A graduated neutral density filter (GND) is a filter used for cameras to darken an area of the shot that is significantly brighter than the rest of the shot. like a picture of a dark forest and the bright sky, or a bright snow field and darker mountain. This howto shows you howto emulate the use of this filter on your digital photo. With a good graphics editor like Gimp you can balance the bright and dark portions of your picture without it being obvious that you modified it.
Using graphics editors to add a graduated neutral density filter effect has its limitations. It cannot correct for washed-out (bright) or underexposed black (dark) regions of an image whereas an actual GND filter has the potential to bring the scene into the dynamic range of the camera.
In general digital cameras are better at capturing darker tones rather than lighter tones, so darker regions are more easily corrected, while washed out regions are almost always unrecoverable. Knowing this, it is better underexpose you pictures (make it darker), when you plan on using a graphics editor to add this effect.
Before and after pictures using a Grad ND Filter
Effect of applying a Grad ND Filter Effect
What is a Grad ND filter
A graduated neutral density filter is a filter used for cameras to darken an area of the shot that is significantly brighter than the rest of the shot. like a picture of a dark forest and the bright sky, or a bright snow field and darker mountain.
The filter comes in many types, basically can be separated in to two categories.
- Hard Edge
- Soft Edge
A hard edge is use when there is an abrupt change in brightness. For example a field with a horizon to a bright sky. A soft edge is a wider smoother change from light to dark. This is used when the light and dark portions are not distinctly separated. For example a mountain and sky. A soft edge filter is less noticeable than a hard edge. It also has the benefit of making the sky more intense with the sky darkens on the top. Below is a picture of what a hard edge and soft edge filter would look like.
Graduated Neutral Density Filter
- Open up your picture in Gimp
- Tip: Save it now under a different name so it won't alter the original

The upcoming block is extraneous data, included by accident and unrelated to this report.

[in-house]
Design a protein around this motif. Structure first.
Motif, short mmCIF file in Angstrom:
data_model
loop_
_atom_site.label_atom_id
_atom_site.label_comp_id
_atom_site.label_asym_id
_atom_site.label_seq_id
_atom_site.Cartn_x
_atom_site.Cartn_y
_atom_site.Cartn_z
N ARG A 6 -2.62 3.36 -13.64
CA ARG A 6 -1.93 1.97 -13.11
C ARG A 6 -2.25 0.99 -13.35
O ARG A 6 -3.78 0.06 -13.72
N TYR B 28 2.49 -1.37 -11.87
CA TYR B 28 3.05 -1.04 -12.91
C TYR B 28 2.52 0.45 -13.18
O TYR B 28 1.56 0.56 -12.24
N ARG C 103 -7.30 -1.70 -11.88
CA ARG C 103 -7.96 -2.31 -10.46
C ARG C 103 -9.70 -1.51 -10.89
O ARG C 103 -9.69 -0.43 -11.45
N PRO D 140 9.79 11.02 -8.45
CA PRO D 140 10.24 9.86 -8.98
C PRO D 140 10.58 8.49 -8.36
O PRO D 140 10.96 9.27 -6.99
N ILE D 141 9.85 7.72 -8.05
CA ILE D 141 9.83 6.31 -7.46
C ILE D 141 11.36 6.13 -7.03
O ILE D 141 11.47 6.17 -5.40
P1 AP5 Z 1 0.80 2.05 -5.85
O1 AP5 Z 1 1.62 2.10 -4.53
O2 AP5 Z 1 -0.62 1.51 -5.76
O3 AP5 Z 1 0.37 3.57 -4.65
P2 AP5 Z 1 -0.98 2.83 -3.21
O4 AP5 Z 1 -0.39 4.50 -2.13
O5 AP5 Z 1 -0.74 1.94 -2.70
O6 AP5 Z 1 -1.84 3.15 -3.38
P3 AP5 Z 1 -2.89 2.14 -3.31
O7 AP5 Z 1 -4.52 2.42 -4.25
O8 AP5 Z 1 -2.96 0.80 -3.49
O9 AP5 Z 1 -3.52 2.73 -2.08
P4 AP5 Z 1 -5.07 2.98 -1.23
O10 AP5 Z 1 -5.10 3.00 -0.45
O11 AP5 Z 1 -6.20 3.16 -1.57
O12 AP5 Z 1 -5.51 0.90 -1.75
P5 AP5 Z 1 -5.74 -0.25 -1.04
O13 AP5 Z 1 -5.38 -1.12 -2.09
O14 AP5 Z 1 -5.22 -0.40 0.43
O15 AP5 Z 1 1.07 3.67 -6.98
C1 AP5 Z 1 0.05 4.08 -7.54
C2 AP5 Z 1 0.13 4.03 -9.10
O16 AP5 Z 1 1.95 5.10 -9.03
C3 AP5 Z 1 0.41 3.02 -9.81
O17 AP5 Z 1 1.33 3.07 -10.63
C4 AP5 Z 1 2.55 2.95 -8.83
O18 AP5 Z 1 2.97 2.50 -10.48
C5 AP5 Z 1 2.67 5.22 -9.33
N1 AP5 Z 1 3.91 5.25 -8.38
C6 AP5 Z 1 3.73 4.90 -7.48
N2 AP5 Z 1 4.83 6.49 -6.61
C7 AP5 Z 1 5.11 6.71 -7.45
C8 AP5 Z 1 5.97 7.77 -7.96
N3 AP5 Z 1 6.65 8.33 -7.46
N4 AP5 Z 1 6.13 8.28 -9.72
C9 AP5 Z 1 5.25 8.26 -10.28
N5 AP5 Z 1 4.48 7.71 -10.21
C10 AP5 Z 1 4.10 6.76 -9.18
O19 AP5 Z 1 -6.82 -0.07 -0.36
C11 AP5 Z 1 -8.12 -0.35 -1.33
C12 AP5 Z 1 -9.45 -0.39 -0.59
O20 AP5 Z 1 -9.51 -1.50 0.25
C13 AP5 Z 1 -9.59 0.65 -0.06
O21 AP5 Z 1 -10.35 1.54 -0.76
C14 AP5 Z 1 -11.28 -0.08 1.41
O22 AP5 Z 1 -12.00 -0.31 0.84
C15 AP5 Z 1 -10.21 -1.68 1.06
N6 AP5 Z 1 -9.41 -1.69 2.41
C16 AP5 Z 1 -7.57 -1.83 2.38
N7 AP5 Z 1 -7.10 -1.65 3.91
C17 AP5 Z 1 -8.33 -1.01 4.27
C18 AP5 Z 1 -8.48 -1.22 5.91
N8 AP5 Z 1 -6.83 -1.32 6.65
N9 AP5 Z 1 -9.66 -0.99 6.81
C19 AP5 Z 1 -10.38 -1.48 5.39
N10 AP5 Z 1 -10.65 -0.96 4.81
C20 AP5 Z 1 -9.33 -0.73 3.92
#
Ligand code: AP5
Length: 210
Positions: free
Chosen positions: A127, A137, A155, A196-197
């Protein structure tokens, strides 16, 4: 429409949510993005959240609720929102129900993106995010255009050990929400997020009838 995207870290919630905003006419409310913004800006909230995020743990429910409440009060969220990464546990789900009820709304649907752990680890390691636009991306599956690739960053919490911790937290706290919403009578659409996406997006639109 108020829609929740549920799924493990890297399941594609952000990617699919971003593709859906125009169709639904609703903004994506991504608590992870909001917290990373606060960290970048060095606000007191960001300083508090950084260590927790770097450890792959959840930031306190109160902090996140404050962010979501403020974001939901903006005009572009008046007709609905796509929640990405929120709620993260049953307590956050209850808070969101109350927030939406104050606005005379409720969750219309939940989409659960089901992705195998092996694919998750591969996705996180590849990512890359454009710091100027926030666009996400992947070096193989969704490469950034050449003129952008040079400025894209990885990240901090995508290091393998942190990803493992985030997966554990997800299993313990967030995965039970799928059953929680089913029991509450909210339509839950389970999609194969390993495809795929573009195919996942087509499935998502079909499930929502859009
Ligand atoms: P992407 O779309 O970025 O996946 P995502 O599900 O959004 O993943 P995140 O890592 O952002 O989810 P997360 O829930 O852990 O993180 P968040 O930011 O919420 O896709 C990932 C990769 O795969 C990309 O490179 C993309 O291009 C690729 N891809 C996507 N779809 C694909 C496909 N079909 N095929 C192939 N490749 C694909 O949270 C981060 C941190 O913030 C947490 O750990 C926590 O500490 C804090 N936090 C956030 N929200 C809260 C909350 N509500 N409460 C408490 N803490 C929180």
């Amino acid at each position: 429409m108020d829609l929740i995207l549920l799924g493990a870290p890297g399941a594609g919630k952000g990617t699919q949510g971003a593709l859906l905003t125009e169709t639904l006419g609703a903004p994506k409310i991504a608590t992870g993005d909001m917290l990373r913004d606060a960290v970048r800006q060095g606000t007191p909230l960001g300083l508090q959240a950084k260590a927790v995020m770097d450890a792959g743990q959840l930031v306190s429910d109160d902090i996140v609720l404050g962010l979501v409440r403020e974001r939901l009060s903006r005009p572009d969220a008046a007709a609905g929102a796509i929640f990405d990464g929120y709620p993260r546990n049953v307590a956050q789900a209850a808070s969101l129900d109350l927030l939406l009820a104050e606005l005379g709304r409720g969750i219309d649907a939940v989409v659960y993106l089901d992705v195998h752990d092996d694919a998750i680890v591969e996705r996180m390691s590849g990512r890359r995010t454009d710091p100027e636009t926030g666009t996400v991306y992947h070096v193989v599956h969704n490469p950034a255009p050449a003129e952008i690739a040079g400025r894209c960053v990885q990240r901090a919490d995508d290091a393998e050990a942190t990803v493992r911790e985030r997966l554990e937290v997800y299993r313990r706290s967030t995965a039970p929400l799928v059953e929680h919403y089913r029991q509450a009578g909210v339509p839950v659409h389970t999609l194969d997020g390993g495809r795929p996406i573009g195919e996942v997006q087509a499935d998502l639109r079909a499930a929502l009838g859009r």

- In the picture below the sky is fine but the foreground is way too dark
- Tip: in cases where you think that a portion will be too bright, always take a darker Shot
- Cameras have a limited range of light and dark. Much worse than human eyes. Most of the time this results it the bright portions to be washed out. This means that the pictures content in that area will be lost and there is no way to recover it. This howto wont help much, maybe changing white to two or three colors near white, but not good. So always take a darker picture. Darker portions usually have much more content that is seems. Sometimes then full content will be recoverable.
- Duplicate the image, to create two identical layers
- Right click on the background image in the layers tab.
- In the menu click Duplicate Layer
- The copy with uprear like below, rename it if you wish by a Right Click and click Edit Layer Attributes
- Create an mask for the copied layer
- Right click on the new copied layer in the layer tab
- Click Add layer mask
- Select White (full opacity) and click OK
- A white square will pop-up next to your copied layer as shown below
- Adding a radiant to the mask
- Click the Gradiant Tool
- Make the Foreground Color white, and the Background Color black
- Click the eye next to the Background Layer to hide the original layer
- Select the mask of the copied layer. The selected layer/mask has a white border, all unselected layers/masks will have black border.
- Click and drag on top of your picture to create a gradient. The longer the drag the slower gradient, the shorter the drag the sharper the gradient. The gradient can be produced at any point and any direction. This can be done as many times as u need until to get it right. Each time you make a gradient, it removes the old one, and replaces it.
Click on copy of the image
- Notice the white border
- Click Layer in the menu bar.
- then color
- Adjust the levels as desired.
- then color
- Click the eye of the original image to see the final result
- Click the eye of the copy to see the original image and see if your changes acturally look better
You can continue to adjust the contrast, brightness, and gradient, or anything else.
- Just remember
- Click the mask for the gradient
- Click the copy of the image for the bightness and contrast of the graded copy of the image
- CLick the original image layer to adjust anything for the background
- The white border is for the selected layer and mask. The black border is the non-selected parts.
- You can do may more things with the image and gradients. The following steps show you how to add a second gradient. You can also add the effect of a graduated color filter. See: Howto add the effect of a graduated color filter on a photo using the Gimp graphics editor
- You can also change the order of the layer to see if that makes the image look better.